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How Does Cody Franson Fit into Predators’ Plans?

Franson

Garth Snow and the New York Islanders did a fantastic job locking down Nick Leddy with a seven-year deal with a $5.5 million cap hit. The going rate for second pairing defenders is $5 million-plus, so inking a No. 2/3 player for $5.5 million is a bit of a steal—and it’ll only look better as the salary cap goes up over the next few years.

Leddy might not even be the person that is most excited about the new $38.5 million deal though. That distinction likely goes to Cody Franson of the Nashville Predators. The defenseman forced his way out of Toronto by turning down a deal reportedly worth an average of $4.6 million per season.

It might have looked a bit bullish for the 27-year-old at the time, but suddenly Franson has a new comparable to negotiate off of. If Leddy and his 0.37 points per game are worth $5.5, then Franson and his 0.44 points on average are worth at least that much.

Sometimes contract negotiations and how they work can get lost in the shuffle on Twitter, but agents will typically roll out a handful of contracts for players in comparable positions (depth chart wise) and go over their cap hits while looking for a middle ground. That’s why Ryan Johansen tried to get Jonathan Toews money from the Columbus Blue Jackets this past summer. As the team’s No. 1 center, he was entitled top top-line cash.

At least that was the angle Kurt Overhardt reportedly took.

Now when Franson negotiates with the Predators on an extension or as an unrestricted free agent this summer, he won’t be out of line by asking for $6 million-plus. Early in February, Lyle Richardson of The Hockey News wrote that the defenseman could possibly seek $5 million on average across six or more seasons. Given this recent deal for Leddy, that suddenly seems low.

Nick Leddy is a good comparable for Cody Franson to go off of.

Maybe Franson understands that Nashville’s Stanley Cup window is just starting to open. Shea Weber is the cornerstone on the blue line, and there are a number of high-end players that are just coming into their own on the roster. General Manager David Poile could approach the talks this way in an attempt to convince Franson to sign on for a bit less than market value.

When healthy, the Predators have one of the better defensive groups in the league. Weber is the go-to guy and Roman Josi has evolved into one of the NHL’s most underappreciated players over his last 100 games or so.

Ryan Ellis is only 24 and is a solid top-six defenseman and Seth Jones has the makings of a special player. Perhaps being a part of a group like this is important to Franson, and it’s entirely possible that he signs a deal similar to Leddy’s.

Maybe he decides to get paid while he has the chance to do so though. No one blamed Matt Niskanen for cashing in on his breakout season by signing a seven-year, $40.25 million contract with the Washington Capitals.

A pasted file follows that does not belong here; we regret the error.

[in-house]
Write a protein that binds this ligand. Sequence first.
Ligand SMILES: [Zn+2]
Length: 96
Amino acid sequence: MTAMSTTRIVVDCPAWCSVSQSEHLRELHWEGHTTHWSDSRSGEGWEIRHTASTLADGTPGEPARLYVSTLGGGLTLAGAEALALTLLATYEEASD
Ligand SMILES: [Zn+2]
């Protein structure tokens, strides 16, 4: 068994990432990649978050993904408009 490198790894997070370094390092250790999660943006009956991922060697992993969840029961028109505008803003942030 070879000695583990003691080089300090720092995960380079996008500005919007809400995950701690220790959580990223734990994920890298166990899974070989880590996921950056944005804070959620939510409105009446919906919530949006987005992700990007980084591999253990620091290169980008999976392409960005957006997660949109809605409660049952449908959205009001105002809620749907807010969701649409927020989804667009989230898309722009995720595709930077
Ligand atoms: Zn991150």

Coincidentally, Niskanen was 27 during his last season with the Pittsburgh Penguins and he averaged 0.33 points per game. There’s more to playing on the blue line than just scoring, but it’s not too difficult to see the parallels between Franson and Niskanen.

 

27-Year-Old Season Prior to Becoming UFA
Franson (projected) Niskanen
Goals 8 10
Assists 37 36
Avg. Points 0.58 0.57

 

Niskanen’s $5.75 million cap hit is higher than the one Leddy received, and based on his numbers, Franson wouldn’t be crazy to ask for a contract north of that. The Predators may not be able to give him that kind of cash either. Poile has a handful of important players that he needs to re-sign in the coming months.

Mike Fisher and Matt Cullen have been important veterans for Nashville and need new deals. Colin Wilson and Craig Smith are also due contracts and are set to become RFAs. Both Wilson and Smith currently carry $2 million cap hits and will be in line for at least marginal raises.

Calle Jarnkrok’s contract is also up at season’s end.

How Poile plays this offseason is of particular importance, simply because the core of this team has performed so exceptionally in 2014-15. It’s been the best season in franchise history, and maintaining momentum will be important no matter how the playoffs go.

Is Franson a long-term fixture in Music City? Do the Predators have the cap flexibility needed to retain his services while leaving room for the likes of Filip Forsberg and Jones? It’s important to remember that Nashville is already saddled with two large contracts—Weber’s and Pekka Rinne.

Keeping Franson at market value would be another large cap hit, and any regression from him would be detrimental to the team’s ability to keep homegrown players like Forsberg.

Both player and team are likely focused on the postseason, but Franson is playing for big bucks right now. If he maintains his pace through the end of this season and performs well in the playoffs, he could be a very wealthy man in the near future.

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